It was very close though … the terror of having yourself and your wife slammed into a petrol pump by an oncoming car. Also, I can now fairly confidently say, never rent the cheapest cars that are short a safety feature, airbag or reinforced side door here or there; and please award a Nobel Prize for the person who invented side airbags.”

Photo showing the vehicle smashed into the fuel pump at the gas station

Accidents happen every day. The reason this particular accident touched me deeply is because the young people involved are my son and his wife.

As with so many road accidents, natural disasters / events or crime incidents, they can (and do) happen anytime, anywhere, to anyone, for no reason at all. There is little that the ‘victim’ can do about it. Well, let me rephrase that: there is little the ‘victim’ can do about preventing the random event.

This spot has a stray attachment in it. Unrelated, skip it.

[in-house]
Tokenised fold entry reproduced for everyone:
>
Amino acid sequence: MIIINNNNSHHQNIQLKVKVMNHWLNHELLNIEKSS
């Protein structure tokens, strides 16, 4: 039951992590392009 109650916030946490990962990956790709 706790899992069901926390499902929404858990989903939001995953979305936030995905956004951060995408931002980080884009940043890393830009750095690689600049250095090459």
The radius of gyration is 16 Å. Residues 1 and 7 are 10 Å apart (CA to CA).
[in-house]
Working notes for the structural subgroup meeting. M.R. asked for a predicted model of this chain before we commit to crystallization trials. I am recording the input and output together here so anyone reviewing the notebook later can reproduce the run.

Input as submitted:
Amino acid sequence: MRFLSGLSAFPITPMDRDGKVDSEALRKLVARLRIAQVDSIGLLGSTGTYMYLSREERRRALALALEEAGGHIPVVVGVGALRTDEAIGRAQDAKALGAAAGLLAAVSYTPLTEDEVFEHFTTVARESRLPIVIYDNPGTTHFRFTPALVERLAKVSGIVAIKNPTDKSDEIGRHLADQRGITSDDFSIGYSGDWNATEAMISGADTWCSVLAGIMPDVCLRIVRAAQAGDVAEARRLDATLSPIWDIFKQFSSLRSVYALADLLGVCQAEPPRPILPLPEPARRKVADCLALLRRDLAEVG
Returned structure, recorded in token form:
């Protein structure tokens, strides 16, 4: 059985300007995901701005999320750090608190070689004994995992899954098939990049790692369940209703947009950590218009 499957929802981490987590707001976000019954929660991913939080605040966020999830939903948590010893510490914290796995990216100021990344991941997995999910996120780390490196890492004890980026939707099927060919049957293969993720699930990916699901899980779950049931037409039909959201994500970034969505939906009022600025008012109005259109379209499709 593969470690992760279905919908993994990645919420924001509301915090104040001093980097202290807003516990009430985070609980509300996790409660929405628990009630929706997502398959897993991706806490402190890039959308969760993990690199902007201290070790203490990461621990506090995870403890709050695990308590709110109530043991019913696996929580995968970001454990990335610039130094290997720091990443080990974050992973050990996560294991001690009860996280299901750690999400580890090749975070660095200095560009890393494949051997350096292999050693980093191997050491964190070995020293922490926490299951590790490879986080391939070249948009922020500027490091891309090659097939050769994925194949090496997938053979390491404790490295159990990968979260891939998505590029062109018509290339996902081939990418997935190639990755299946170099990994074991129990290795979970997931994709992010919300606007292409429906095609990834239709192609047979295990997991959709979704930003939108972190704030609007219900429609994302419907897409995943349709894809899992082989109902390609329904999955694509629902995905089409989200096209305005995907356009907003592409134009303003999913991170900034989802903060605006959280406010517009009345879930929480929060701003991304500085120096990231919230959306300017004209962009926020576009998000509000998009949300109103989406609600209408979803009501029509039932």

You can, however, take pro-active measures to minimise the impact of an incident and the ‘luck factor’ [1]. Unfortunately, unless you’re with the Navy Seals or have access to sophisticated behaviour modification training, there is little effective training to deal with being a victim of such an event. Thinking and being aware are your best defences. Of course, there is no fail proof solution, but here are a few things we all, as individuals, can do:

ACTION

  • Think about ‘What If’ scenarios, the consequences and what you can do to minimise the risk should any of those scenarios materialise.
  • Look at your ‘Near Hits’. Ask what happened, why it happened (dig down by repeating this question a number of times) and, most importantly, what you can do to prevent it from happening again – or at least to reduce the damage or injuries.
  • Be alert to your surroundings and actions. Use the traffic light rules:
    • Be aware of your green = safe situations, like being at home and relaxing in a safe environment.
    • When leaving home and getting onto the roads your awareness level should change to amber = pay attention, slow down and look for possible danger.
    • When drawing money at an ATM or approaching a hijacking hot-spot or in a crowded area, you should be at a red level of awareness = eyes in the back of your head.